Apparently the people who own the copyright to Charlie Parker’s works don’t release permission easily.
I was reading a book by an acquaintance of mine (“Interaction, Improvisation, and Interplay in Jazz” by Robert Hodson) and he was using “Now’s the Time” by Charlie Parker to further illustrate his very interesting topic of how musicians influence each other’s improvisation as they play.
This is a book for musicians and after some coherent caveats and defining, Hodson uses transcriptions to discuss specific moments in jazz ensemble playing.
However in the transcription of “Now’s the Time” the melody is only suggested by the rhythm. Most of the pitches have been left out “to respect the copyright provisions.” In his footnote, Hodson says “The reader can find complete copies” of melodies he doesn’t fully notate “In various fake books.”
I did find “Now’s the Time” in a fake book. Looking at it I quickly realized that I know the tune and that the tune primarily consists of vary simple variations of three notes. Good grief.
I will ask Rob when I get a chance to get the back story on this. But it strikes me as ludicrous that he would be forced to omit this kind of information and cumbersome for people reading his book to go find the tunes for comparison. It may be that just expects his audience to be literate enough to basically remember the tunes. The Parker piece is one I recognize and I am far from a jazz cognoscenti (or as one adjunct teacher put it to me, “a jazzer).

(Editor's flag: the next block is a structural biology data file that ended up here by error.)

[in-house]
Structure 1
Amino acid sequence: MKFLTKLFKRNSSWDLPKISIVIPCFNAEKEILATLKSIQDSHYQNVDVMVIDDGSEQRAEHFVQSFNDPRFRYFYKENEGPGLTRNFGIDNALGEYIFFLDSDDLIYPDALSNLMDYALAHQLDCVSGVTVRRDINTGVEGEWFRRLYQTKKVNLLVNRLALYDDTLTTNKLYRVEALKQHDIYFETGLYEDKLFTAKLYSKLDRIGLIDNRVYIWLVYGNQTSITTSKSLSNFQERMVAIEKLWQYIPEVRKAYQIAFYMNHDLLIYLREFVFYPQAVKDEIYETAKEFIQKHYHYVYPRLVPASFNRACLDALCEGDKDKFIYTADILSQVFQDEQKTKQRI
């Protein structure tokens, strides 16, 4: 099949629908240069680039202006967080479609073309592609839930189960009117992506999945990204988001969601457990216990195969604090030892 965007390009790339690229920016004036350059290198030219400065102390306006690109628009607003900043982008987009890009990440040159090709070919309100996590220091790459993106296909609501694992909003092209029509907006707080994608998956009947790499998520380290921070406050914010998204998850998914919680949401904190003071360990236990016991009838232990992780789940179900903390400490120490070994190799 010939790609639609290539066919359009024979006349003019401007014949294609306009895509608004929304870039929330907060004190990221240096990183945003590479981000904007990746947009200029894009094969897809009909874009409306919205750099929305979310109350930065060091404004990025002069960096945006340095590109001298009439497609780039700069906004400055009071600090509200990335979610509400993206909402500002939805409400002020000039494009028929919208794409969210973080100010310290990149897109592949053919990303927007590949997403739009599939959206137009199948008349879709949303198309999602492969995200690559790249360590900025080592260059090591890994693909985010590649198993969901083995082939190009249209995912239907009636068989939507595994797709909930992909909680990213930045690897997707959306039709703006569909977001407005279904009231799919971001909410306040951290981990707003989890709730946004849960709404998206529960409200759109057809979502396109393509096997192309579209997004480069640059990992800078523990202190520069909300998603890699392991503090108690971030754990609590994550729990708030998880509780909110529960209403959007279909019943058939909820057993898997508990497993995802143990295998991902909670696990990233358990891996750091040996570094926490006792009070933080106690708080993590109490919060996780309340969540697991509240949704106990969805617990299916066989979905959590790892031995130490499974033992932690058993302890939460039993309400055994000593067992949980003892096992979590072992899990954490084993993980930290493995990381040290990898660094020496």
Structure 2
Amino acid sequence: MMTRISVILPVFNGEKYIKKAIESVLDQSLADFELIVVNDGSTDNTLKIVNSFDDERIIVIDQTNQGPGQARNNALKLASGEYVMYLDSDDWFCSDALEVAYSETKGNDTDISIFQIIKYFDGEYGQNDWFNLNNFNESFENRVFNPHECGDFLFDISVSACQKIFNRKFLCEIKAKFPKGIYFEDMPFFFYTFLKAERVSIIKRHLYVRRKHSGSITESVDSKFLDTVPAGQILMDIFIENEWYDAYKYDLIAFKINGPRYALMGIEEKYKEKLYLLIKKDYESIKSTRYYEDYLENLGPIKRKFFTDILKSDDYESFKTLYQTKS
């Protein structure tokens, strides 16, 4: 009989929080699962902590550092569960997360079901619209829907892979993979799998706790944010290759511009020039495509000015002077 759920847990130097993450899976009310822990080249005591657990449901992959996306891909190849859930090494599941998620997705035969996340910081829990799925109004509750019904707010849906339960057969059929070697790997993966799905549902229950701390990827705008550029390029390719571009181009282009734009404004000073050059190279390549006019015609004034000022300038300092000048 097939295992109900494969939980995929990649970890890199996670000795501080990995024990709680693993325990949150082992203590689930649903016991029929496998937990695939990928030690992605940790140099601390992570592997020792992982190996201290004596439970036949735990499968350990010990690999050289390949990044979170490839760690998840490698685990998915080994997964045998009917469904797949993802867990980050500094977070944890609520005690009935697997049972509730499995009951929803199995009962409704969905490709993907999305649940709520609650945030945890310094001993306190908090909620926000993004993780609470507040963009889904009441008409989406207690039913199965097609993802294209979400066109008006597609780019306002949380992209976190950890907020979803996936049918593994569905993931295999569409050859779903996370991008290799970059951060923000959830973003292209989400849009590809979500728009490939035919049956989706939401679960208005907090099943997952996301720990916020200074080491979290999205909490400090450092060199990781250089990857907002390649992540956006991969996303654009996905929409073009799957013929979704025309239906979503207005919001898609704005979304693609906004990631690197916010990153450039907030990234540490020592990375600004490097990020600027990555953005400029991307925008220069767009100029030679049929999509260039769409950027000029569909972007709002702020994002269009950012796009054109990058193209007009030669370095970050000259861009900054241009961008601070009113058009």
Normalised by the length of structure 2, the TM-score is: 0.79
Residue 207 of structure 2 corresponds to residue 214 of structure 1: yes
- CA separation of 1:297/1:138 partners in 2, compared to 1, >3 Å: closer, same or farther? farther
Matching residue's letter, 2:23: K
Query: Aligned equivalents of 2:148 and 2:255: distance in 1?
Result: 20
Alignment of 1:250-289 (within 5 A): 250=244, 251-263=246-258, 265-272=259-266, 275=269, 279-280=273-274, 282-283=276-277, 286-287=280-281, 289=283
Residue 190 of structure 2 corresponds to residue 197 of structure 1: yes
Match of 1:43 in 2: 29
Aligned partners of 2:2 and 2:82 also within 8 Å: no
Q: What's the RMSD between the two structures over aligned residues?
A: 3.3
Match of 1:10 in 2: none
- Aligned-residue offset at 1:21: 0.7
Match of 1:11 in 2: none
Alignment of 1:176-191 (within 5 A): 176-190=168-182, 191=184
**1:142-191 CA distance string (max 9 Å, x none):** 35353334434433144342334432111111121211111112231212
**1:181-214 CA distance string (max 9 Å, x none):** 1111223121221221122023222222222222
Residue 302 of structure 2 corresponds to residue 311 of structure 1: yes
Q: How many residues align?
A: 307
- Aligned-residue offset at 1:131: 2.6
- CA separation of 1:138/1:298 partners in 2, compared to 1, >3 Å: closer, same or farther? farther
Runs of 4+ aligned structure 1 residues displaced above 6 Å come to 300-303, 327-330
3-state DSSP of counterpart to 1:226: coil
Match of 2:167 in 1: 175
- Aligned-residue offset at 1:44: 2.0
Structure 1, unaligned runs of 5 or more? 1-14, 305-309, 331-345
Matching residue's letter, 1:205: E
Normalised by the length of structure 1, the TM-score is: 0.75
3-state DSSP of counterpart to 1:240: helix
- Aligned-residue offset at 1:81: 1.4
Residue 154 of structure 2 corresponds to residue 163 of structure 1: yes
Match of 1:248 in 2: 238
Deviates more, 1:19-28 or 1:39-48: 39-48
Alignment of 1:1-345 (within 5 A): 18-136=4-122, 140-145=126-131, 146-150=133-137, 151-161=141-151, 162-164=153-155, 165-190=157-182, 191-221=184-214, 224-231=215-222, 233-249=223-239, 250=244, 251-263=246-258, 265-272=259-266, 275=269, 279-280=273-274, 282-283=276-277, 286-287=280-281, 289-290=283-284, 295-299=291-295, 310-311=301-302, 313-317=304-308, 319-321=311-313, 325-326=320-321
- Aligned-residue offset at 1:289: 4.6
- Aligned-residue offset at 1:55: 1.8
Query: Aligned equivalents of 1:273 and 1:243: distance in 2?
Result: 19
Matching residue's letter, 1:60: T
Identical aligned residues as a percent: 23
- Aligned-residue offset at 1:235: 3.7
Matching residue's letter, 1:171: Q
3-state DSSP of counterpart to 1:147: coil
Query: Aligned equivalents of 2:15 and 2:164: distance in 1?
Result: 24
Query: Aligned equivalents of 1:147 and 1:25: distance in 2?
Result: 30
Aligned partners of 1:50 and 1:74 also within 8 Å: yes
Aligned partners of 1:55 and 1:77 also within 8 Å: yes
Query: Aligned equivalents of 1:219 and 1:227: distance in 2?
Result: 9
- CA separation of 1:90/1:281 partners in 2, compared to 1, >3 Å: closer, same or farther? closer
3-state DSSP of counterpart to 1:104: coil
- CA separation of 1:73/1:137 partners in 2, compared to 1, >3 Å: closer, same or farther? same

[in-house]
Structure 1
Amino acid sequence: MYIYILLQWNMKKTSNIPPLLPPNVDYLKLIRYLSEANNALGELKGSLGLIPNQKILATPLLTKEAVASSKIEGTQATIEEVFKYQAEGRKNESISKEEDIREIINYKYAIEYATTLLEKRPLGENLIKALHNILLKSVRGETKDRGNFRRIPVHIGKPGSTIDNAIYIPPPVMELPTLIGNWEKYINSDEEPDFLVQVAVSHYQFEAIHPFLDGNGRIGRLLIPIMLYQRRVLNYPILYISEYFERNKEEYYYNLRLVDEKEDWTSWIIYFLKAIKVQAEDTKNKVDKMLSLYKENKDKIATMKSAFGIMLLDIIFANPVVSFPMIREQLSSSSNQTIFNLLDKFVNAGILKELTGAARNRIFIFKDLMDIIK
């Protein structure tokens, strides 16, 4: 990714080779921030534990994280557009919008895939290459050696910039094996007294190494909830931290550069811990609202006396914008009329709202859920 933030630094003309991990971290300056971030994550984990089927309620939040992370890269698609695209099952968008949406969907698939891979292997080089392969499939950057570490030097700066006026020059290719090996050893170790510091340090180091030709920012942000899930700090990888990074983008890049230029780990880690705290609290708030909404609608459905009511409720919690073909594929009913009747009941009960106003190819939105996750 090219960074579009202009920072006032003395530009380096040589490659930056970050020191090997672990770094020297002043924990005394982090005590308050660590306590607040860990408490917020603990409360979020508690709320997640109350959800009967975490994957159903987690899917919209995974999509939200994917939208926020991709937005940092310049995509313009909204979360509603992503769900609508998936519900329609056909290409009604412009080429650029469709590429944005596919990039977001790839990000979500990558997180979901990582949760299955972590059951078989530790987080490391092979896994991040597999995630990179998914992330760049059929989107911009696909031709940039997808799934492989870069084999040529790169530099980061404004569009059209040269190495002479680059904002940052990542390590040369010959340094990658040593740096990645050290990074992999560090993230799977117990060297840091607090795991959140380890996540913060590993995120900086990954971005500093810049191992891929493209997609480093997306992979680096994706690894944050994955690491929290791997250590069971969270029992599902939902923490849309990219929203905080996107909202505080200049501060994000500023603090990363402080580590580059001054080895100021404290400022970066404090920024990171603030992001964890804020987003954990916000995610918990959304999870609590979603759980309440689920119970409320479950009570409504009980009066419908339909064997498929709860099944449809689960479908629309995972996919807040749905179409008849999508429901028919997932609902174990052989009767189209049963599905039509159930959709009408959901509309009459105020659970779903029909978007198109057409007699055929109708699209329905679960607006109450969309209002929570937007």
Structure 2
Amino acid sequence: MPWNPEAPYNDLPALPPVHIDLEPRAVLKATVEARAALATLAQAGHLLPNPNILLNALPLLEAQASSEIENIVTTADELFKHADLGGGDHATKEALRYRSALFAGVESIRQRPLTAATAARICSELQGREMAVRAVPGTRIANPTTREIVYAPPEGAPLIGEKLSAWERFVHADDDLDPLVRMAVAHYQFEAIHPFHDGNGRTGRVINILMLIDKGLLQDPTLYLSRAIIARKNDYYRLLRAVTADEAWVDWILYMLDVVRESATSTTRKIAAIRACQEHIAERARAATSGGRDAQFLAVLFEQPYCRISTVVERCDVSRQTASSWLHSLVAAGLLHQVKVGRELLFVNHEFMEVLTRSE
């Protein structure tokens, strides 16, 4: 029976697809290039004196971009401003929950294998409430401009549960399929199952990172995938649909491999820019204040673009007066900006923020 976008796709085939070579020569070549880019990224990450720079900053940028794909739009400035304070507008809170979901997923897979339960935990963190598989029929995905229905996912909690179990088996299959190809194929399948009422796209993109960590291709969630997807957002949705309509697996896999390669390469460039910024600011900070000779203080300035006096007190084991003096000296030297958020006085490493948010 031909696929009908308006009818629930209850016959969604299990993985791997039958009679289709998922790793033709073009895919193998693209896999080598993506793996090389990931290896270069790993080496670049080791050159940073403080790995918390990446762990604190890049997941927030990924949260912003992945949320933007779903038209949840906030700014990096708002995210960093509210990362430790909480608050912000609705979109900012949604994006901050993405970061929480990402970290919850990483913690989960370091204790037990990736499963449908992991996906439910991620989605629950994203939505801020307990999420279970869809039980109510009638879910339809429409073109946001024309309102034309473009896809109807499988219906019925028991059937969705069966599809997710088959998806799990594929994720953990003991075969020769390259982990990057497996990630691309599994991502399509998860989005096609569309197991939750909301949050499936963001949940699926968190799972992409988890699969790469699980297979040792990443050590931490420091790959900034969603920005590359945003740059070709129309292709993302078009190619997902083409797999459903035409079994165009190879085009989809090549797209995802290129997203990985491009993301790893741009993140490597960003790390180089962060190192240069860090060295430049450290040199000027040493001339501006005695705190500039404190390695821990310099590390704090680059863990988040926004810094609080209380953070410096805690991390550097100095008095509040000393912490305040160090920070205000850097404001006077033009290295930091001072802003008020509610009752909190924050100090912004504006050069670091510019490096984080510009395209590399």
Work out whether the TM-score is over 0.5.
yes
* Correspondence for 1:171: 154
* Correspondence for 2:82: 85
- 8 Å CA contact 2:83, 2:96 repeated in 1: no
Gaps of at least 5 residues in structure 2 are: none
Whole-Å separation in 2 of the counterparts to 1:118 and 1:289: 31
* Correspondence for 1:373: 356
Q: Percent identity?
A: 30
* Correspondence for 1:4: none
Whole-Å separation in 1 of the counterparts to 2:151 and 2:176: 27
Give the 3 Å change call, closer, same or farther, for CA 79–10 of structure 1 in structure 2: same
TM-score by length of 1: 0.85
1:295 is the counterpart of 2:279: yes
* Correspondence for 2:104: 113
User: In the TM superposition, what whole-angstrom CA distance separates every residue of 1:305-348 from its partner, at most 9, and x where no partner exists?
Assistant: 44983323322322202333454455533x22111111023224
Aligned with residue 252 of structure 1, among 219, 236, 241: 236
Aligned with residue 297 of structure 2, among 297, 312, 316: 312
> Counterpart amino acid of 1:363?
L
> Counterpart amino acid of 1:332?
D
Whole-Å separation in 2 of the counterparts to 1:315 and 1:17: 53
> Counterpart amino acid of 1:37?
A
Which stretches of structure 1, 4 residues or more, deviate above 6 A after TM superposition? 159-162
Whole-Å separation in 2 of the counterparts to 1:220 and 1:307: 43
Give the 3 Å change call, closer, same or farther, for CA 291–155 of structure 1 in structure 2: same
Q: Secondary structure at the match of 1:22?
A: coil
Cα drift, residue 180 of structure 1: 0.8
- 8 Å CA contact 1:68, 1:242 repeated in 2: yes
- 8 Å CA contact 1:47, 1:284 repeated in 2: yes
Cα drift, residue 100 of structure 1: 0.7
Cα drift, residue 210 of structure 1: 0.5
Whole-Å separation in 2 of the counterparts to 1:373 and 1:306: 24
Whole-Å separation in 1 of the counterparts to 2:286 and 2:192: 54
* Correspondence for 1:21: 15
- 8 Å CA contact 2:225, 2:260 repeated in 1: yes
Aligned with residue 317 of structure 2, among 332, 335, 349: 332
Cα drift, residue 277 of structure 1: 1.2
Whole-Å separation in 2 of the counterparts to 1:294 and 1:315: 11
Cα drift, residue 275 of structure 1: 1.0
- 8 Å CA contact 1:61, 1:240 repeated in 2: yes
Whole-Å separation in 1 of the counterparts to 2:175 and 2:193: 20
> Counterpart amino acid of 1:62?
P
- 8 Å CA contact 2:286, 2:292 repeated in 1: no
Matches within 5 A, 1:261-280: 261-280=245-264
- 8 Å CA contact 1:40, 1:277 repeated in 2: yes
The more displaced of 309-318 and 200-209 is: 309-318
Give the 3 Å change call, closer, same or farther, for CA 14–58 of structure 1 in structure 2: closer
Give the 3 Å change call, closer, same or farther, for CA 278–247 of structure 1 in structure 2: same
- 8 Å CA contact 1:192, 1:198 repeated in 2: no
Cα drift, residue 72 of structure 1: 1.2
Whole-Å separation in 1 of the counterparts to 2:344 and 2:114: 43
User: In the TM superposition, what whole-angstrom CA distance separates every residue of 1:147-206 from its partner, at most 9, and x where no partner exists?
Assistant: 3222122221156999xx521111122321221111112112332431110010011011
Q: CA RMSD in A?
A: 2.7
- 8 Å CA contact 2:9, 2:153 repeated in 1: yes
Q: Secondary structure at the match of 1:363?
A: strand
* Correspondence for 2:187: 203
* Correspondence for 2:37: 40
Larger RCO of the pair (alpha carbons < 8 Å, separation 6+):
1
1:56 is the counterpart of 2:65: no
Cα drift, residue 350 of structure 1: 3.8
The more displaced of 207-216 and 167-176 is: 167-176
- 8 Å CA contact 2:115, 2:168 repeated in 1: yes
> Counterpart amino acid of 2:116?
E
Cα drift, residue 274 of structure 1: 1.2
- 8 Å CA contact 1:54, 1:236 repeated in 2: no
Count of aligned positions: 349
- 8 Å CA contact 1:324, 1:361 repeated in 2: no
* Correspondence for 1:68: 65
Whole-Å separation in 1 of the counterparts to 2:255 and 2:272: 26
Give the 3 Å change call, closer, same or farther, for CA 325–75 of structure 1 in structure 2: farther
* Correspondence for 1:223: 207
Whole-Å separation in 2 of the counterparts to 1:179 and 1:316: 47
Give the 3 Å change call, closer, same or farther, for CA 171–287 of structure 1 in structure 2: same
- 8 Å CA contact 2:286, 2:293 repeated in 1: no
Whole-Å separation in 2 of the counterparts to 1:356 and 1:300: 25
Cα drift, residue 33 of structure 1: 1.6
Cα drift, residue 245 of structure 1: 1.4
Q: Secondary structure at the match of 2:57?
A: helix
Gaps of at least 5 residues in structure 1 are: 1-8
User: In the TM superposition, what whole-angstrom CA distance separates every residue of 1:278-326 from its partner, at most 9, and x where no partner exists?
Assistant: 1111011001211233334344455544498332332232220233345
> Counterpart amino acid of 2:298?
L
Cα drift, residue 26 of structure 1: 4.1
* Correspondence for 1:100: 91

Then on this morning on NPR’s “Living on Earth” I half listend to a report on how patents are being taken out on basic things like an entire indigenous population’s genes (Guaymi Indians in Panama). This was the U.S. government’s claim. The U.S. government has also filed patents for human cell lines in people of Papua New Guinea and the Solomon Islands. Bob Carter of the CBC called this bio-piracy.
When asked for the worst examples of this kind of patenting Carter mentioned the Monsata corporation attempting to patent the genetic makeup of soybeans and Syngenta coporation doing the same to the basic flowering mechanism of all plants.
I lay in bed and thought about the romantic notions of Native Americans not owning land or game but using what was around them in ways that respected resources as gifts from outside themselves.
Also I thought of being taught as a child that the world was God’s and so was everything in it. People were just here to use it responsibly.
My religous background can be a curse sometimes but it also a gift when it keeps me idealistic.
Ultimately shutting down people’s free access to ideas will stunt humanity’s ability to become itself more deeply. Commodification of this kind of thing seems very wrong to me. But hey it’s just my opinion.
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